Rosenthal bow tie

Phillies, Nats fans apparently care what Ken Rosenthal’s Twitter avatar is


Ken Rosenthal’s Twitter avatar used to be a picture of him with the Phillie Phanatic. He made that his avatar over a year ago after a bunch of Philly fans gave him crap for being (mildly at best) critical of the Phillies and their fans.

Over the weekend some Nationals fan asked Rosenthal to consider changing his avatar to something Nats-related. Which he did. It’s a pic of Rosenthal photoshopped into a racing presidents picture. As demonstrated over at the Let Teddy Win blog, this set off Phillies fans. And it set them off in predictable fashion.

People ask me why I needle Phillies and, increasingly, Nats fans so often.  The fact that both camps have people who care what a baseball writer’s Twitter avatar is a big reason why.

And yes, I realize that approximately 60% of the comments to this post will be “well, at least we care about our team! You Braves fans wharglebarglebarglebllaaaahrrrghh!!!”

Jason Kipnis plans to play through a disgusting-looking ankle sprain

CLEVELAND, OH - OCTOBER 14:  Jason Kipnis #22 of the Cleveland Indians fields the ball against the Toronto Blue Jays during game one of the American League Championship Series at Progressive Field on October 14, 2016 in Cleveland, Ohio.  (Photo by Jason Miller/Getty Images)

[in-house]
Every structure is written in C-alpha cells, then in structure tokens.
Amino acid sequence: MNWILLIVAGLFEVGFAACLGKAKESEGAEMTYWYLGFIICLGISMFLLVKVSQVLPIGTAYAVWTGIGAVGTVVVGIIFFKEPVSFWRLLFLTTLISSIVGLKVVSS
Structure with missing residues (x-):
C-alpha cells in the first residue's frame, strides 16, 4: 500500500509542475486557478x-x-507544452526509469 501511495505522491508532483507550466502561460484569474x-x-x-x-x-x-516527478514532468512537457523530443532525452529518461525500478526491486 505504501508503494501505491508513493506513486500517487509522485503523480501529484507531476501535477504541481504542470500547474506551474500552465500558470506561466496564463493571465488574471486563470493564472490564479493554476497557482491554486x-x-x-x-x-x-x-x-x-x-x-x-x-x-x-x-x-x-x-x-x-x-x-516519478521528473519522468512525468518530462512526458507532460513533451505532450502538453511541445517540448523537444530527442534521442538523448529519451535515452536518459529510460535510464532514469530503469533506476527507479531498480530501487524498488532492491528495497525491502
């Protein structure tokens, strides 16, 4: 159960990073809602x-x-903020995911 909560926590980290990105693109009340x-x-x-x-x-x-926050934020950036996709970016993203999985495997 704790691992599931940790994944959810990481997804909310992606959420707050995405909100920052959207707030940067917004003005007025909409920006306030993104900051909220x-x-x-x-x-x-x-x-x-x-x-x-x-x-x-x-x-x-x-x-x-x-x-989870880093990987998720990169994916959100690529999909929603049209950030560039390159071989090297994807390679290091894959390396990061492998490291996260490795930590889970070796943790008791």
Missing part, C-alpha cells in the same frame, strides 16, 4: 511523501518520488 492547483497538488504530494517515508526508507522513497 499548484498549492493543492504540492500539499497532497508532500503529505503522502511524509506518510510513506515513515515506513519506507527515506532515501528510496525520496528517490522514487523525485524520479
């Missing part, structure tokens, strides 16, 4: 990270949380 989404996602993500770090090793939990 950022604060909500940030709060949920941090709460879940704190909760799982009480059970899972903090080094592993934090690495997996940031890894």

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Jason Kipnis sprained his ankle while celebrating the Indians ALCS win over the Blue Jays. In the runup to tonight’s game, Terry Francona has said that Kipnis would be fine, that he’s a gamer, etc., etc. You know, the usual “when the bell rings, all of the aches and pains go away” kind of thing.

Today, however, we see that this sprained ankle is maybe not your run-of-the-mill late season bump or bruise:

Um, yikes.

Indians beat writer jumps in Lake Erie to settle a bet

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Back in September Cleveland Plain Dealer beat writer Paul Hoynes ruffled a lot of feathers when he declared the Indians DOA. His rationale: too many injuries to Indians starters weakened the club too greatly. Even if they did make the playoffs, Hoynes argued, they wouldn’t go far.

A reader made a bet with him at the time: if the Indians didn’t make the World Series, he’d jump in Lake Erie. If they did, Hoynes would.

Today Hoynes made good on his bet. You haven’t lived until you’ve seen a baseball writer drop trou, by the way: